On May 20, 1985, John Paul II gave a homily at a Mass with artists in Brussels: "The Church has long since made a covenant with you [...] Do not interrupt this extraordinarily fruitful contact! Do not close your spirit to the breath of the divine Spirit!". This dialogue between art and the Church was undoubtedly an important concern of John Paul II. In Brussels, he addressed the problem of the artistic representation of God.
The representation of the divine mystery is a basic problem of Christian art. It also concerns the way to represent the Holy Spirit. Artists have to decide in which symbolic language the reality behind the visible things can be most adequately expressed. Nor is the representation of the Holy Spirit obvious in the history of art.
The first iconographic representations of Pentecost emerged in the 5th century as a consequence of the dogmatic decisions of the Councils of Nicaea (325) and Constantinople (381). In any case, the most important formula for the Holy Spirit in the images of late antiquity was the dove (Mt 3:16), in accordance with the great importance of the biblical witness in the faith of the early Church. Also in contemporary art, the most frequent image of the Holy Spirit is the dove.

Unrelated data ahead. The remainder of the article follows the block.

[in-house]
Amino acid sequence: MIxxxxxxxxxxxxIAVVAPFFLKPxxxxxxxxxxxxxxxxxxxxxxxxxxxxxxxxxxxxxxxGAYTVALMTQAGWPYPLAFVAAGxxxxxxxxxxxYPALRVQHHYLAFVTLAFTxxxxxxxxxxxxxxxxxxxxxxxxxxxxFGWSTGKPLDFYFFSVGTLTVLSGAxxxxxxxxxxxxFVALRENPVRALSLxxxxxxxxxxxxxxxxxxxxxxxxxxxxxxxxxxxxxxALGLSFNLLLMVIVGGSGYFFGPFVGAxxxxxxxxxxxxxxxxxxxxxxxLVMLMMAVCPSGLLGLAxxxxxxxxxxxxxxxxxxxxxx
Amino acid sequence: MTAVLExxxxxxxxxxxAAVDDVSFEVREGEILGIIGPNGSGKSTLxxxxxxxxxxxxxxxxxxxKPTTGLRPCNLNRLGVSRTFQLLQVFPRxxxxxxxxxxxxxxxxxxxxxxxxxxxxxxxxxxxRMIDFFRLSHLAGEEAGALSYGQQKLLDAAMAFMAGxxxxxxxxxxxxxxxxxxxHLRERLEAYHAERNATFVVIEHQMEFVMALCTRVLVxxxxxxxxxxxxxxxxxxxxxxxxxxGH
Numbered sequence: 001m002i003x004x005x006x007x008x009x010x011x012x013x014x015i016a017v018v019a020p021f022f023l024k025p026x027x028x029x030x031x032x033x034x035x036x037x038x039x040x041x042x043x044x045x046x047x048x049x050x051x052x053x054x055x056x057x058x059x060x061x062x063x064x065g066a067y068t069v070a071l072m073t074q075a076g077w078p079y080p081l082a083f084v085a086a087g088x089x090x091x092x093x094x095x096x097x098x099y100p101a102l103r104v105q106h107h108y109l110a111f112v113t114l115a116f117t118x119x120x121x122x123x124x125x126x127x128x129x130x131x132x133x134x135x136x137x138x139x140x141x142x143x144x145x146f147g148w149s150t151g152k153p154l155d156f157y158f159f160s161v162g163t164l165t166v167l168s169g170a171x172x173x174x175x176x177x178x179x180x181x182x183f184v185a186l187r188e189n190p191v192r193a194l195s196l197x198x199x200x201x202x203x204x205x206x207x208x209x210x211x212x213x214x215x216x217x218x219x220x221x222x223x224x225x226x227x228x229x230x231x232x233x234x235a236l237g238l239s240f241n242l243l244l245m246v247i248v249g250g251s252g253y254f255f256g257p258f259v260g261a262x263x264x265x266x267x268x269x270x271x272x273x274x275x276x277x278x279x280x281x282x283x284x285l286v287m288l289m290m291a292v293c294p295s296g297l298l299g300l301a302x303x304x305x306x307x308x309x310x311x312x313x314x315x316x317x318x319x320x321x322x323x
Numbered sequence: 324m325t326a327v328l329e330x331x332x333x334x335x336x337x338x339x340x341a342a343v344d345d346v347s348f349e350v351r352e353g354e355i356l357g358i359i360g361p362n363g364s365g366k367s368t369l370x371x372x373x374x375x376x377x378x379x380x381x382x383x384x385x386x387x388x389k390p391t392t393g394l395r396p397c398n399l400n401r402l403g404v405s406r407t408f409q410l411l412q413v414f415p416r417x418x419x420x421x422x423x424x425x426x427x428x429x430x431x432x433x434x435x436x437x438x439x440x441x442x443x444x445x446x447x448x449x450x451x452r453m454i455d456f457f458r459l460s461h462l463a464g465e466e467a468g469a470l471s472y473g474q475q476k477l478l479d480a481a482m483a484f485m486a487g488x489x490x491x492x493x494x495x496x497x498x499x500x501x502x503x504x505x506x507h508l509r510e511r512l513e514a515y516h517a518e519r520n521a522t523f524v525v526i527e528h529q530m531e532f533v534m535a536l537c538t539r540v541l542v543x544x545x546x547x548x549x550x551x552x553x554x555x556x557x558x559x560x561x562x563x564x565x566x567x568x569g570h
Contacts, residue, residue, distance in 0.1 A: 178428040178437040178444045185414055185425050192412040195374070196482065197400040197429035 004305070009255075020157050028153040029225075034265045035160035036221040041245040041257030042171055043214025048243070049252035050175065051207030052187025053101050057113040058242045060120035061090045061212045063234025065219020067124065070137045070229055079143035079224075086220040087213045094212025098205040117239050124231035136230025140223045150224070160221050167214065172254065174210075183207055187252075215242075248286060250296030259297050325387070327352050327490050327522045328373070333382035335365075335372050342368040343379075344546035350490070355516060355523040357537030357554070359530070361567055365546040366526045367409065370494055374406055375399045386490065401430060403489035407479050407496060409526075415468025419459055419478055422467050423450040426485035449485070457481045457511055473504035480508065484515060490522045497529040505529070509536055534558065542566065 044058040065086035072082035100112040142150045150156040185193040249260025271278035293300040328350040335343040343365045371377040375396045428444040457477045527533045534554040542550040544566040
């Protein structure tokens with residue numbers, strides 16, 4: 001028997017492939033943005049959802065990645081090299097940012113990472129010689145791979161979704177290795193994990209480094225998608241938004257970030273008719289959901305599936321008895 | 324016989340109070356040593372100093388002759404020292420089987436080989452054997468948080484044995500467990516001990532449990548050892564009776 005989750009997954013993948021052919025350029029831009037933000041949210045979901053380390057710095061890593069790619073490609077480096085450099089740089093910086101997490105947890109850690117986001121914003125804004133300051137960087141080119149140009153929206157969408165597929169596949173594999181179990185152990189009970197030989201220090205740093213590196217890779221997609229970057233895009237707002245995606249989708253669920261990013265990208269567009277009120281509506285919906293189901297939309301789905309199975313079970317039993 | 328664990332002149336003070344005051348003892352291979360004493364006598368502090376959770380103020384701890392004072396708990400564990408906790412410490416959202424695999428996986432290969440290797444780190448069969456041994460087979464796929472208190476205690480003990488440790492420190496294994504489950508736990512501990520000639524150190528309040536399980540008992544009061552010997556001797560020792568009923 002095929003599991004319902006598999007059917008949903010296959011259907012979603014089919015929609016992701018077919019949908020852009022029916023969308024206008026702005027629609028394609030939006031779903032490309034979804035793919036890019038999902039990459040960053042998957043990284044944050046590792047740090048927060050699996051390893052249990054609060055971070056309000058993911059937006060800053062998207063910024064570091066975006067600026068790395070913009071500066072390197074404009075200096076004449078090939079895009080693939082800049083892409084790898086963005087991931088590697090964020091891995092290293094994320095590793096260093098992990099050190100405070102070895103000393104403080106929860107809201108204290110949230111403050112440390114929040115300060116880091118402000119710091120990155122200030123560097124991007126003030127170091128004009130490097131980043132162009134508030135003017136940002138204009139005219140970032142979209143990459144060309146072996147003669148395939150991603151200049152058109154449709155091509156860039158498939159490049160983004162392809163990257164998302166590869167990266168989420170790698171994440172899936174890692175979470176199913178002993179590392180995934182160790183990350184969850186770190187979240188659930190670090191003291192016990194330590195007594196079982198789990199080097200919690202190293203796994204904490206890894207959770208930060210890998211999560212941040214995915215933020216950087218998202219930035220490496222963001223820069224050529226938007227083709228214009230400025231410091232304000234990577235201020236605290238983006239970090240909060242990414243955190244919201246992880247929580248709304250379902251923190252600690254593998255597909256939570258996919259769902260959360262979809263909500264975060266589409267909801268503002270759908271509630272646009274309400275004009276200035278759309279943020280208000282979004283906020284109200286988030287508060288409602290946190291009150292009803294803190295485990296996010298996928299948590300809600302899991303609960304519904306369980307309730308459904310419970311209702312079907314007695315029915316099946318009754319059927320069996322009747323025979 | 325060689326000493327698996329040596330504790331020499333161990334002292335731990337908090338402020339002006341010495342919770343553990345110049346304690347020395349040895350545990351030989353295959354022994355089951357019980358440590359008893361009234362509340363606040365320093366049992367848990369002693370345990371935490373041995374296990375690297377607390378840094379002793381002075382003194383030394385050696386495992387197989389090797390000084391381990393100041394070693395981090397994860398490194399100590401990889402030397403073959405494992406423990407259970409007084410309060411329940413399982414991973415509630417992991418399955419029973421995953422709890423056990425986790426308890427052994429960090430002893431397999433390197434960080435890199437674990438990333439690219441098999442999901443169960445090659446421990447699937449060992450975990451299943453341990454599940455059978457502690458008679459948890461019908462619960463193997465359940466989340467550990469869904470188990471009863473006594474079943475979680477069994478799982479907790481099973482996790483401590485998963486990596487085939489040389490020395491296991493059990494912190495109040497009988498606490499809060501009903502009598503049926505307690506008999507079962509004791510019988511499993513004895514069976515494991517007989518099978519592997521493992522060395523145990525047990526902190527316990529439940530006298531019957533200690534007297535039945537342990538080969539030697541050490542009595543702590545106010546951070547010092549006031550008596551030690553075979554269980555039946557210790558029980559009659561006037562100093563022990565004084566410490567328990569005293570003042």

In the third and fourth centuries, ecclesiastical writers had allegorically referred the dove to Christ or to the human soul, and it had the same meaning in the reliefs and paintings of the sepulchral art of that time. But since the biblical truth of the triune God was elevated to dogma of the Church, (381), in the images the dove was reserved for the Person of the Holy Spirit. In the images, the rays that surround it or depart from it indicate its condition of divine gift.